The Lutheran pastor, Christian Führer, whose prayer meetings became a catalyst for the protests that overthrew Communism in East Germany died Monday at age 71.
I was struck by this quotation from him: “It is not the throne and the altar, but the street and the altar that belong together.” That’s an interesting version of the doctrine of the Two Kingdoms. That concept is often taken to refer just to the relation of the church to earthly governments. That’s part of it, but I think it applies more broadly to society and culture as a whole, where God is also active in vocation and in caring for His creation.
Christian Führer, the Leipzig pastor who rallied East Germans to resist the injustice of the former communist system before reunification in 1990, died June 30 at a hospital in Leipzig. He was 71.
The cause was lung disease, according to German news media.
Starting in the early 1980s, Rev. Führer organized “peace prayers” every Monday in the city’s Church of St. Nicholas, which became a focal point for East Germans engaged in peaceful protest against the regime of Erich Honecker.
The nonviolent demonstrations that ensued in October 1989 led to Honecker’s removal as leader and the appointment of Egon Krenz as his successor. The German Democratic Republic had its first free elections in March the following year, opening the way for reunification of East and West Germany.“Christian Führer was a bearer of hope to many people, both in his profession as a pastor and as one of the defining figures of the peace prayers in the Church of St. Nicholas as well as the Monday demonstrations in Leipzig that led to the peaceful revolution in East Germany,” German President Joachim Gauck wrote Monday in a letter to Rev. Führer’s son, Sebastian.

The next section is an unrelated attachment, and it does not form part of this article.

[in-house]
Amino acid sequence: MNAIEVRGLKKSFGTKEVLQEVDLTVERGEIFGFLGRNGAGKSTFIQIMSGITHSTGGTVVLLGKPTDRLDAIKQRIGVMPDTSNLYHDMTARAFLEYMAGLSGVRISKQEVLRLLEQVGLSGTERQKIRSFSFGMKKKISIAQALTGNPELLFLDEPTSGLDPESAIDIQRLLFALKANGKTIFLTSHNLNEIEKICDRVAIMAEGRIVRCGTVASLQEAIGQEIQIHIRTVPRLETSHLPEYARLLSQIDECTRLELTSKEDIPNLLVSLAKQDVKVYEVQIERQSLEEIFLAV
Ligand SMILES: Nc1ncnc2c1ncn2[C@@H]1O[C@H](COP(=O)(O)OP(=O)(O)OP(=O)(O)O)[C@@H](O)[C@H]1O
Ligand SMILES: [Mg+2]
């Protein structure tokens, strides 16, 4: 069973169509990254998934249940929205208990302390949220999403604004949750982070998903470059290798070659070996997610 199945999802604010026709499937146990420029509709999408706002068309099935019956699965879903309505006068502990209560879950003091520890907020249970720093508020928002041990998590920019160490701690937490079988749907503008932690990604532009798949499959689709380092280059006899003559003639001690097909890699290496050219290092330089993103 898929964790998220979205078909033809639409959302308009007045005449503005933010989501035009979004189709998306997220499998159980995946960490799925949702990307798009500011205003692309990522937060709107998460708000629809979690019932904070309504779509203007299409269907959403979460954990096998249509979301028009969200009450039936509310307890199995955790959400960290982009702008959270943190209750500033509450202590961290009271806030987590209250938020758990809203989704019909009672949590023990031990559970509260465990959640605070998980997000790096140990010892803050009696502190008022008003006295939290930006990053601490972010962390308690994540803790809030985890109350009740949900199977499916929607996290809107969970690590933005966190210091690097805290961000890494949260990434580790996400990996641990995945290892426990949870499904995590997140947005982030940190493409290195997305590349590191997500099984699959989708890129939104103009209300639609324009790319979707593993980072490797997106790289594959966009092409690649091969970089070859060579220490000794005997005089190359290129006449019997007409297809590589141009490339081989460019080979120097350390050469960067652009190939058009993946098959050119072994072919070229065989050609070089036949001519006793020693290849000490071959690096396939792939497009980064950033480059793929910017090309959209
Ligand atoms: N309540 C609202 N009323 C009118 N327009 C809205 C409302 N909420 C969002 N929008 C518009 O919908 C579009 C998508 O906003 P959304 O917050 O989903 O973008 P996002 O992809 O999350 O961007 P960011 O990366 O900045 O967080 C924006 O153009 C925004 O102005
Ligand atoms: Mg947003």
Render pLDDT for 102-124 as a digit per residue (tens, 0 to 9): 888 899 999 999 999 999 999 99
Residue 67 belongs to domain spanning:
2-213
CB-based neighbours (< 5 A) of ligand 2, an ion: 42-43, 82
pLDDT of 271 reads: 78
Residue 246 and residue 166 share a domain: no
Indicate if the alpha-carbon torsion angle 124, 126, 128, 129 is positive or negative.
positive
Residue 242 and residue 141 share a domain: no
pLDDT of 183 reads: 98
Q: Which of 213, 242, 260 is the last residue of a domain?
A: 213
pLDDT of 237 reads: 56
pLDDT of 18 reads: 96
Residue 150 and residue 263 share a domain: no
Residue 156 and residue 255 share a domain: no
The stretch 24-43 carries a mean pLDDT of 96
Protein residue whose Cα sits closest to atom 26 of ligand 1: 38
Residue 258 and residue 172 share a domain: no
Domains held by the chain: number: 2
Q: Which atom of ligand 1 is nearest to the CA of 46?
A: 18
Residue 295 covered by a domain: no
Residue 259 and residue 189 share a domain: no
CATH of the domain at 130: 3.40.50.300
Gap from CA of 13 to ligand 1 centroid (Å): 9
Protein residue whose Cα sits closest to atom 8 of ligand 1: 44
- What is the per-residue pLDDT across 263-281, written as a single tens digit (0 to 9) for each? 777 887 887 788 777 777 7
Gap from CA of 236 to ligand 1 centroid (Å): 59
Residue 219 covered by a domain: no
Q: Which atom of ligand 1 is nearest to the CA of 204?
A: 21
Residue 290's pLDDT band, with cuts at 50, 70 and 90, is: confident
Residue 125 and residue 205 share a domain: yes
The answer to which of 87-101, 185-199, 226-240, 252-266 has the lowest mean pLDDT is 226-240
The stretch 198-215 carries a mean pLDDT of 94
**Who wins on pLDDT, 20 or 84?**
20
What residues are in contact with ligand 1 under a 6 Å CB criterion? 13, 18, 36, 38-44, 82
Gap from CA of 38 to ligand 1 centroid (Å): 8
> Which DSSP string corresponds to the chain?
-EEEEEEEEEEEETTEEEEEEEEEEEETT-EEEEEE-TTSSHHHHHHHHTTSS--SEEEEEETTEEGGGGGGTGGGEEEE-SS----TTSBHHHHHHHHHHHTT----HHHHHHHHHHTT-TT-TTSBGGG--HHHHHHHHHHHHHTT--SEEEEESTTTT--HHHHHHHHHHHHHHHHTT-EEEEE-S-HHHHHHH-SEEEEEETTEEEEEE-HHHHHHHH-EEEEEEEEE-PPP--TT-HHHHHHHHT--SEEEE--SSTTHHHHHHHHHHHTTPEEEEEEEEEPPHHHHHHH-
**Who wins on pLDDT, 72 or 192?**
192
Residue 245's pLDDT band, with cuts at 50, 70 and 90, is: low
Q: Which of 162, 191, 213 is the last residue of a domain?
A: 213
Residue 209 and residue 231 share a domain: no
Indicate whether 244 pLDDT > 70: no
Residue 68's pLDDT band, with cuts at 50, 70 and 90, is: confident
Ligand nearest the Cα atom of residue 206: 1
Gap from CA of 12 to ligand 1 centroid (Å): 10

The Monday prayers at the Lutheran church culminated in a standoff between the resistance and Honecker’s communist party, known in German as the SED, on Oct. 9, 1989. About 70,000 people protested in the streets after the Ministry for State Security arranged for Honecker loyalists to occupy more than 500 seats in the church during the prayer session.
“I always wanted also to move in the earthly realm,” Rev. Führer said in a 2008 interview with the New York Times. “It is not the throne and the altar, but the street and the altar that belong together.”